‘Everything you need to know about agri tyre repairs’

Specifically aimed at farmers and agricultural contractors, Michelin has produced a free downloadable guide entitled ‘What You Need to Know About Agricultural Tyre Repairs’.

The “easy-to-understand” booklet details the essentials to be aware of before starting an agricultural tyre repair job including:

  • When a repair should be considered;
  • If a temporary repair is suitable and for how long;
  • Choosing hot or cold vulcanising repair techniques;
  • How to spot the danger signs of a botched repair job and how to contact an accredited repairer.

Commenting, Martyn Pointer, Commercial Director for Michelin’s agricultural division in the UK, Ireland and Nordic markets, said: “Farm tyres represent a significant outlay and they need to deliver a long life in service.

Michelin

“A poor-quality repair can cost dearly if it leads to additional machine downtime, and leaving a temporary repair in for too long can void your tyre warranty altogether.

“We’ve created this guide so farmers and contractors have key information on tyre repair to hand, helping protect the equipment that holds up their machinery – and business.”Michelin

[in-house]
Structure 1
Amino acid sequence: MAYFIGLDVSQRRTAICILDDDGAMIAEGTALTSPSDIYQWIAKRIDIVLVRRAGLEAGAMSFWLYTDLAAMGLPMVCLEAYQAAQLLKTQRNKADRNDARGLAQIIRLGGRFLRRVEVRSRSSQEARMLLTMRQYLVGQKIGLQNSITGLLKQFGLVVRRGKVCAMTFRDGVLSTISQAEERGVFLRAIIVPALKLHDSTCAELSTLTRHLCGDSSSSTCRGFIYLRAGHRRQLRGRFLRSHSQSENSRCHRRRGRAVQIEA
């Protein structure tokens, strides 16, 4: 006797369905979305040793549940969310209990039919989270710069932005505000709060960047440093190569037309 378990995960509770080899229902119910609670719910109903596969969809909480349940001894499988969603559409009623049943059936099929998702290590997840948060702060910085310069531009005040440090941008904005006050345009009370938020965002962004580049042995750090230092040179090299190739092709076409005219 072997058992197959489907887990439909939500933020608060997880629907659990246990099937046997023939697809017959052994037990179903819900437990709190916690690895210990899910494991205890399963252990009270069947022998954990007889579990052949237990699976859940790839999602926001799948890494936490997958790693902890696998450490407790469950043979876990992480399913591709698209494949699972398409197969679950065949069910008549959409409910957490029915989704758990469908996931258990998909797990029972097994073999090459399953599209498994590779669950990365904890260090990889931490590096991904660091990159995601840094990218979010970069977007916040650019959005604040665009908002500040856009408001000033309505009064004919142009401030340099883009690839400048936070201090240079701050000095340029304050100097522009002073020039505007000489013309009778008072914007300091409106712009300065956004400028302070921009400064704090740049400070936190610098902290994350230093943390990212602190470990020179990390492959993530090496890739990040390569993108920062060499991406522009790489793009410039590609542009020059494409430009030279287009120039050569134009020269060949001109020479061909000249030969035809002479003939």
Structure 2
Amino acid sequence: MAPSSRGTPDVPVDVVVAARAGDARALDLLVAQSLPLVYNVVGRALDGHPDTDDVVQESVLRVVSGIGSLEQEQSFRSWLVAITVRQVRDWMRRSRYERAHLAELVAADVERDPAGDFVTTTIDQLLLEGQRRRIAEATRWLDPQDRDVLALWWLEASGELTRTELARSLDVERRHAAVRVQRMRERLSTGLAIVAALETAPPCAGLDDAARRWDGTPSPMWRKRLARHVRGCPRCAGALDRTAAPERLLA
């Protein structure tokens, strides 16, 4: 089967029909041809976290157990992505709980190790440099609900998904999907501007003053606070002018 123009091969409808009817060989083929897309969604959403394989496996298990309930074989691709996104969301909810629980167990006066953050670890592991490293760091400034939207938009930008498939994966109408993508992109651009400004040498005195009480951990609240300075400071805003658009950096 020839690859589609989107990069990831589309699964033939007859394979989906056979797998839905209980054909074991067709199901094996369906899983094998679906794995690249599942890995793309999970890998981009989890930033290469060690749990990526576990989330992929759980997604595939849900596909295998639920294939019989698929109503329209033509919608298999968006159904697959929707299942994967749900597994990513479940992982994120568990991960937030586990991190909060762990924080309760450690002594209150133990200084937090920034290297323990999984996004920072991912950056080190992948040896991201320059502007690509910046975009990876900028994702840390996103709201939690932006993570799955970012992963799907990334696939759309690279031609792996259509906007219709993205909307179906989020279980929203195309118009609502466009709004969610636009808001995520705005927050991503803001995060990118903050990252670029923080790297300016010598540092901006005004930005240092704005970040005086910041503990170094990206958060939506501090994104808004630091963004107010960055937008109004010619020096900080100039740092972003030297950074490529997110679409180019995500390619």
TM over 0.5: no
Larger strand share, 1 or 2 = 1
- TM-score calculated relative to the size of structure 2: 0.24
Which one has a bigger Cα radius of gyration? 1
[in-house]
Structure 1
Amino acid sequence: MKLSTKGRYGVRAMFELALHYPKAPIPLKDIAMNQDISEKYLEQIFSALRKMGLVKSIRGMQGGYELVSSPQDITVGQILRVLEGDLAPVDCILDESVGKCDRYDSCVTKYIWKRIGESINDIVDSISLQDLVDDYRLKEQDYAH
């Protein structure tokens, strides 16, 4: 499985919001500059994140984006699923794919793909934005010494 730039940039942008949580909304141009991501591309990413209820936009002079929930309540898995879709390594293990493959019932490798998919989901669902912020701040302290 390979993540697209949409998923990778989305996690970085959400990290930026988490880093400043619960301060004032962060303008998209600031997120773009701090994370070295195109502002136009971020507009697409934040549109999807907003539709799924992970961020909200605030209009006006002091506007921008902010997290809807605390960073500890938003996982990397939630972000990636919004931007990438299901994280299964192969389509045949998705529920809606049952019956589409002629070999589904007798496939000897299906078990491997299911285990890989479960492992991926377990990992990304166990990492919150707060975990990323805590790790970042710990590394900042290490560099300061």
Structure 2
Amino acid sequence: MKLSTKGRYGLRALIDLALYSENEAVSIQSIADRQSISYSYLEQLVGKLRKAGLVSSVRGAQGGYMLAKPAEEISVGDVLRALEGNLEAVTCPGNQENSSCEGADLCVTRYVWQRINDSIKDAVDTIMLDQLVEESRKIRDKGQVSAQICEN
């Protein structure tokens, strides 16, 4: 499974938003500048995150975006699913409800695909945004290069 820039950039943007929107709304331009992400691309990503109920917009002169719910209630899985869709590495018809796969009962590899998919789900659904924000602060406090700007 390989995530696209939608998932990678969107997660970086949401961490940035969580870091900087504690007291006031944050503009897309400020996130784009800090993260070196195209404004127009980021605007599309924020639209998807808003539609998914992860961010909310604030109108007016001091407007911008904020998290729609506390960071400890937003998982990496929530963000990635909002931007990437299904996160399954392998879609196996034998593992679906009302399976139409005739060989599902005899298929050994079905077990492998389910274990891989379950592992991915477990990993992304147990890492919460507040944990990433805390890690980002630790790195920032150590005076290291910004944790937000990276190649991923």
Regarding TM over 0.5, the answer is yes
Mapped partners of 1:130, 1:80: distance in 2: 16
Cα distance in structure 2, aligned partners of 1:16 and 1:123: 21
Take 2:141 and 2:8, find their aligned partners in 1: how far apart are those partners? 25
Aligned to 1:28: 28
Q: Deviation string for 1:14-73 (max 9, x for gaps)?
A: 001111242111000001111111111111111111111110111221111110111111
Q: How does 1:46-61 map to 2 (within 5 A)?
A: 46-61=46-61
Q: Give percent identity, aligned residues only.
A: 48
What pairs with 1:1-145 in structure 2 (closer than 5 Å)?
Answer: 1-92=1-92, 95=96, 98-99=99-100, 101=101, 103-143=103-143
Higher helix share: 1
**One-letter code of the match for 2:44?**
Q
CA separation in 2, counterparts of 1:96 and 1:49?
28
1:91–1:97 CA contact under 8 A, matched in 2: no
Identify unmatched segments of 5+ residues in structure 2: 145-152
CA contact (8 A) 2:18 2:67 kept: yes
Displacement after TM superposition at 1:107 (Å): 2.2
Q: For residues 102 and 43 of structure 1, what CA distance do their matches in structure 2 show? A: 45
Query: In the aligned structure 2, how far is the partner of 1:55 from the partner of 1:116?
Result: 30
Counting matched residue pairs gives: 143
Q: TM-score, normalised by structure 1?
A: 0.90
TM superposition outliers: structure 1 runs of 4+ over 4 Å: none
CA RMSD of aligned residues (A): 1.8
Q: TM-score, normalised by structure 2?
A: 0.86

To download the guide, visit the Michelin website or tweet @MichelinAgriUK for a copy.

In other Michelin news, the company recently launched a “new generation” of agricultural tyre – the RoadBib. It, says the company, was co-designed with agricultural contractors and is claimed to “define a brand new segment of the tyre market”.

Expected to be available early in 2018, Michelin says it will become the first tyre for 200hp+ agricultural tractors designed specifically to give high performance, traction and longevity on machines driven intensively on roads.

According to the tyre giant, high-powered tractor fleets of agricultural and construction contractors usually spend more than 50% of their time on the road – equating to 80% of their total distance covered. In addition, they are often coupled to big, heavy trailers, which adds to the stress on the tyres.

According to engineers in the research and development department at Michelin, the objective was to create a solution that would work predominantly on tarmac and hard soil roads, providing high traction and longevity, in addition to performing well in fields on soft soil.

Michelin RoadBib